Which brings us, finally, to the impassioned debate over art versus pornography. By some definitions, "pornography" is art that "appeals to the prurient interest" -- that is, which is intended to cause sexual arousal. Many would say that by definition such art isn't even "art" at all, and that there can be no overlap between the terms. But difficulties arise when there is disagreement between the intent of the artist and the perception of the viewer. Thus Instagram says that photos of bared breasts are acceptable when associated with breastfeeding (a context that is culturally considered inappropriate to be perceived as sexual), but inappropriate when the photo is of a woman merely relaxing on a beach, even when the context and intent of the photographer are clearly non-sexual. The same inconsistency means that nudity in general in paintings and sculpture is assumed by Instagram to be non-sexual, even when it obviously is, while nudity in photography is assumed to be sexual, even when it obviously isn't.
As for me? I see art as a means of interpreting human experience. What does it mean to be alive? What do we share in common with all of humanity, and what is unique about our individual experience? As such, I find it absurd to say that all of human experience is open to interpretation through art -- birth, death, loss, joy, suffering, love, family, work, all of it from the mundane to the profound -- except for sexuality, especially when our sexual identities and experiences are so fundamental to who we are. With rare exceptions, we are sexual beings. Without exceptions, we have bodies, bodies that feel and grow and change and bring us both ecstasy and pain. That universality is what, for me, makes the human figure so meaningful as a subject of art. A nude image may mean different things to different people, depending on their cultural background. Some may find it beautiful, while others may have more negative or complex reactions. But not a single person on the planet cannot identify in some way with what it means to have a body, and with that body's relationship to the world around it.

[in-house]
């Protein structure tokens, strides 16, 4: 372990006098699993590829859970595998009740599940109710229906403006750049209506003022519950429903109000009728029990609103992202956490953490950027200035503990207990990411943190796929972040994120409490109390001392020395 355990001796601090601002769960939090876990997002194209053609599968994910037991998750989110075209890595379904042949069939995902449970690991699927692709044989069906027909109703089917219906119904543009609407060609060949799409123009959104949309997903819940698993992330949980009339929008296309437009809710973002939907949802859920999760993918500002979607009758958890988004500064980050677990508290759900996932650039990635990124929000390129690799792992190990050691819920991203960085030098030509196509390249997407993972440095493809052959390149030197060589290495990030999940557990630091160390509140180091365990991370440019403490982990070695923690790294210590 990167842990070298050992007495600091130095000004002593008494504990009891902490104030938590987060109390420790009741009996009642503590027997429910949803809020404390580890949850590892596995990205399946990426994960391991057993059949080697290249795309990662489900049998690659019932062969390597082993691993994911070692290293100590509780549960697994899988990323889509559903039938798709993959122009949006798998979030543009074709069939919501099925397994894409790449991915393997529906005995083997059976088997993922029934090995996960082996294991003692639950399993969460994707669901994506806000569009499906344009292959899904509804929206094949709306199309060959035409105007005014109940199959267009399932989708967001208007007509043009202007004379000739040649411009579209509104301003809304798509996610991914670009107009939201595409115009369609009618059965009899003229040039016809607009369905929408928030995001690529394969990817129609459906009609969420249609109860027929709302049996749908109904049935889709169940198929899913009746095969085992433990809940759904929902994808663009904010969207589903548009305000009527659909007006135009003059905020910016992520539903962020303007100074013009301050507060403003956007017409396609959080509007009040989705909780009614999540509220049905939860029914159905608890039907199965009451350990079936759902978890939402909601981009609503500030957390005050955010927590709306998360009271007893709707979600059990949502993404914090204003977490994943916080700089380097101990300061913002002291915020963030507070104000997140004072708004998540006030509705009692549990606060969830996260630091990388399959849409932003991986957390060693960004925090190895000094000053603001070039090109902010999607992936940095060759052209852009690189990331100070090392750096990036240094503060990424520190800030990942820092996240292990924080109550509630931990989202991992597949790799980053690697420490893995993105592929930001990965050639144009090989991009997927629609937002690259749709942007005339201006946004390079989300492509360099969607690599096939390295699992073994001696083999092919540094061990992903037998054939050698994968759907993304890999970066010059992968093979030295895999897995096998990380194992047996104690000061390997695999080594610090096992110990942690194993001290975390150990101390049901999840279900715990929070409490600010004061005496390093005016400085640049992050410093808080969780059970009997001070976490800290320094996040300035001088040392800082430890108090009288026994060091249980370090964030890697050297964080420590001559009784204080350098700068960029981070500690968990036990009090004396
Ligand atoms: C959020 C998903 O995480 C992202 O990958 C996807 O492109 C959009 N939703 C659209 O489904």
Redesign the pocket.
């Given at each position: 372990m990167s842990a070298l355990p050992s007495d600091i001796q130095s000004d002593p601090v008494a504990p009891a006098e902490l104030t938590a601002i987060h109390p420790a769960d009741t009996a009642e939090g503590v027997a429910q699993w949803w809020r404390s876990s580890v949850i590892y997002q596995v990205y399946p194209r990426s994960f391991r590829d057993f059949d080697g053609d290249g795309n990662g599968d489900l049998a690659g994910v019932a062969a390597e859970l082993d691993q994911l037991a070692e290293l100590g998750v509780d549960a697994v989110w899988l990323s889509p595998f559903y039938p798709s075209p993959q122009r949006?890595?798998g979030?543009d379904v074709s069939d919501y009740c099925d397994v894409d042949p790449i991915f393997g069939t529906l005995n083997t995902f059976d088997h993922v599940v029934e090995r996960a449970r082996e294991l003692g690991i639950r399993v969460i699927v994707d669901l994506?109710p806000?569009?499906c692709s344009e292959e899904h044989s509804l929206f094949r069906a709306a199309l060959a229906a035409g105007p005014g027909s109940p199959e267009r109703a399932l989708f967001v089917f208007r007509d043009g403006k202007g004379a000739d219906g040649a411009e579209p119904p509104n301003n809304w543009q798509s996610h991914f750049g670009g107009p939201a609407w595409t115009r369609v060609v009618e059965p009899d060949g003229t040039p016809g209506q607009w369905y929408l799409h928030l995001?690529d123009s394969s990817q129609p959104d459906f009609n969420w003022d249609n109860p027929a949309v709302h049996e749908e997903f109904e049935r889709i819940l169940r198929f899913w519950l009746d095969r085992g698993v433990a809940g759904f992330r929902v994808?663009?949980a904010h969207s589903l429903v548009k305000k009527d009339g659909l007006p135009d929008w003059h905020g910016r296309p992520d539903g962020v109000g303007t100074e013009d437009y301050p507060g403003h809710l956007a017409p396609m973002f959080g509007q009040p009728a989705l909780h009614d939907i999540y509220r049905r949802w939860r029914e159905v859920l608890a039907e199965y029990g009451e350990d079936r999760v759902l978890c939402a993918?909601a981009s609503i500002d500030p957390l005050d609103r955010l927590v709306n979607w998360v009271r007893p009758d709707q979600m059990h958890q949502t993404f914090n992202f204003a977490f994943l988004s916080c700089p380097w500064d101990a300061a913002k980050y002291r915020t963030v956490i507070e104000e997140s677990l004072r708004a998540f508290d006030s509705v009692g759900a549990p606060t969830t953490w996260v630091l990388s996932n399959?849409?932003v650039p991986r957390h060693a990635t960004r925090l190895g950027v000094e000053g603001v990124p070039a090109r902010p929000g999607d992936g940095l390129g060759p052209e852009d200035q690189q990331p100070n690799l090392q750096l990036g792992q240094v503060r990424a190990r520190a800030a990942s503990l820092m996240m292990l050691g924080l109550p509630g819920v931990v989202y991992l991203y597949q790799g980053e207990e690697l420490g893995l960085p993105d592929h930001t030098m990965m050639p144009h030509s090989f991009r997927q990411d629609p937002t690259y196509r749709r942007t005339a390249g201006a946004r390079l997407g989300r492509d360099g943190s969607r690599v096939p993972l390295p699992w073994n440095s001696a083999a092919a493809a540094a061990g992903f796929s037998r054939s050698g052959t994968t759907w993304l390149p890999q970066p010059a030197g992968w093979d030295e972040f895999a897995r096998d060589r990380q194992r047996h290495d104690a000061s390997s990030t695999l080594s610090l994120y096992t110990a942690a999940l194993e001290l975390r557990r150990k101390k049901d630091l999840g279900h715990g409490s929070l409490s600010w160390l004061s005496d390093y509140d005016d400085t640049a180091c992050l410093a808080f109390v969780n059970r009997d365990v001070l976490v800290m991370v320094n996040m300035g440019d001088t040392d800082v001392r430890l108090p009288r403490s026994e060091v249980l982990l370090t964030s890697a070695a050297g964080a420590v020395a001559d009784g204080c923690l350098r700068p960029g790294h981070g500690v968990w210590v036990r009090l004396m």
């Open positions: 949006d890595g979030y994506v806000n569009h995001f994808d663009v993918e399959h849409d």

For me, sexuality is no different. We are all sexual beings, and we all have passions and desires. We all interact with others and with the world around us in sensual and sexual ways, and that eroticism is potent raw material for artistic expression. Does that make it "pornography?" By some definitions, yes. But I reject those definitions that say it cannot also be art.
For the purposes of my artistic portfolio, I have reserved as "erotic art" those that most explicitly deal with sexual themes. This includes artistic images of sex itself -- and yes, I do believe that sex can be photographed artistically, just as one might make artistic photos of any other human activity, like sailing or cooking. This also includes images that are overtly sexually provocative, that is, images intended to arouse, or images of individuals being sexually provocative to each other. It does not include images that are merely sensual, images that acknowledge that we are a deeply-feeling species and one in which sexuality is an integrated part of our being. Those images represent a central theme of my art and will always be found in my general portfolio.
In my own vision of Utopia, it wouldn't be necessary to hide these more sexually-oriented images away behind warnings and disclaimers and explanations. But that's mainly because in my Utopia we wouldn't have to hide these parts of our lives so much, either. That could be the subject of a whole different essay. Suffice it to say that I recognize that, for now, most of us don't live in such a Utopia. This separate portfolio specifically for my most "erotic art" is a concession to the culture we actually live in -- and (like all of my art) an artistic statement envisioning a world in which human sexuality, freedom and diversity are celebrated rather than marginalized.
- Sensualight, 5 April 2021
(Portfolio updated April 2021)
© SensuaLight Photography